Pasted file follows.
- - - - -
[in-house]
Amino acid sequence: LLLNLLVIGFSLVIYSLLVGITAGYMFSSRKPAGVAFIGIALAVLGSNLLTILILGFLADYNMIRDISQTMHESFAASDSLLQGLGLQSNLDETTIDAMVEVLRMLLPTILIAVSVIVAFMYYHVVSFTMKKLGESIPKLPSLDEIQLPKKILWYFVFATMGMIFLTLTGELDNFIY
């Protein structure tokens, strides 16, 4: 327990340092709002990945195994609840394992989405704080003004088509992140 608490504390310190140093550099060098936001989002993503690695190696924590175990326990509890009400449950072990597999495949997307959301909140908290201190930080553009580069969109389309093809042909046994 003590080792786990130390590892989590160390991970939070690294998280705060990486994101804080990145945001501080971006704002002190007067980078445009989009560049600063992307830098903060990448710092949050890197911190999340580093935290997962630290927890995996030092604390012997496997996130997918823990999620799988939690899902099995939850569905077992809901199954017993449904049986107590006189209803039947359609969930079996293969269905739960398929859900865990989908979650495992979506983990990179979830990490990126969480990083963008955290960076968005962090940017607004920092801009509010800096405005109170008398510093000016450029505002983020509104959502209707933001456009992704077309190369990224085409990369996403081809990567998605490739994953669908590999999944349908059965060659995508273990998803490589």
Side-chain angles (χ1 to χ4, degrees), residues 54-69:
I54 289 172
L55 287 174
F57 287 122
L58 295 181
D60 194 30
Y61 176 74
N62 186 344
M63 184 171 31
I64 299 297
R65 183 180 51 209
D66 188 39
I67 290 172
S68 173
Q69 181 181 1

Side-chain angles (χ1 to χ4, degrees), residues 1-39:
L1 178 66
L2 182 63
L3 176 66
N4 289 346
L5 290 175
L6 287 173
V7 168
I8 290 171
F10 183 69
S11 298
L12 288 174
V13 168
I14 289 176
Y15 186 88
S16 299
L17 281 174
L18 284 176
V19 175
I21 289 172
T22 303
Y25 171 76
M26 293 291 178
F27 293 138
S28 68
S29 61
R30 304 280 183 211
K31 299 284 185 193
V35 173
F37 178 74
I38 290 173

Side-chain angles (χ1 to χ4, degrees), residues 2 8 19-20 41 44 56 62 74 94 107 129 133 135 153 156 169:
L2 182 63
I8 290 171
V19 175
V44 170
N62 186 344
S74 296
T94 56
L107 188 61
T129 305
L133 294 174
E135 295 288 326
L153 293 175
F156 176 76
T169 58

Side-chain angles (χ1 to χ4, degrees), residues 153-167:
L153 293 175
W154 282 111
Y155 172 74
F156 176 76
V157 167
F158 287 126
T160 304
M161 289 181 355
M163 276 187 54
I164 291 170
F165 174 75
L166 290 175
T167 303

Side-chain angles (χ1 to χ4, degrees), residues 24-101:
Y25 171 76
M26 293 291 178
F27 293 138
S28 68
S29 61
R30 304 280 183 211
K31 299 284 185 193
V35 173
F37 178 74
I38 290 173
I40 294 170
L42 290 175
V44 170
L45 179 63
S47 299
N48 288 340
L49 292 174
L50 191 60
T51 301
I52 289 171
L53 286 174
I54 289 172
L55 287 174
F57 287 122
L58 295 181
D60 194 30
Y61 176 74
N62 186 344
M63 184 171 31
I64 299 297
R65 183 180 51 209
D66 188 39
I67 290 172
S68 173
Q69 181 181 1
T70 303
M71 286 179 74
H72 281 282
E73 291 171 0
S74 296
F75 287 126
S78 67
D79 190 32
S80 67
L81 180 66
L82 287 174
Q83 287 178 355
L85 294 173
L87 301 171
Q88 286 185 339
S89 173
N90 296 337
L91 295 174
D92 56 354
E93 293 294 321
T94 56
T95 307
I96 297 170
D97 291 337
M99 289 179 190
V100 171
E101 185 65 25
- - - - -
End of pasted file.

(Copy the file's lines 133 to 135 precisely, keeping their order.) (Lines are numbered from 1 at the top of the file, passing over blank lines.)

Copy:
D92 56 354
E93 293 294 321
T94 56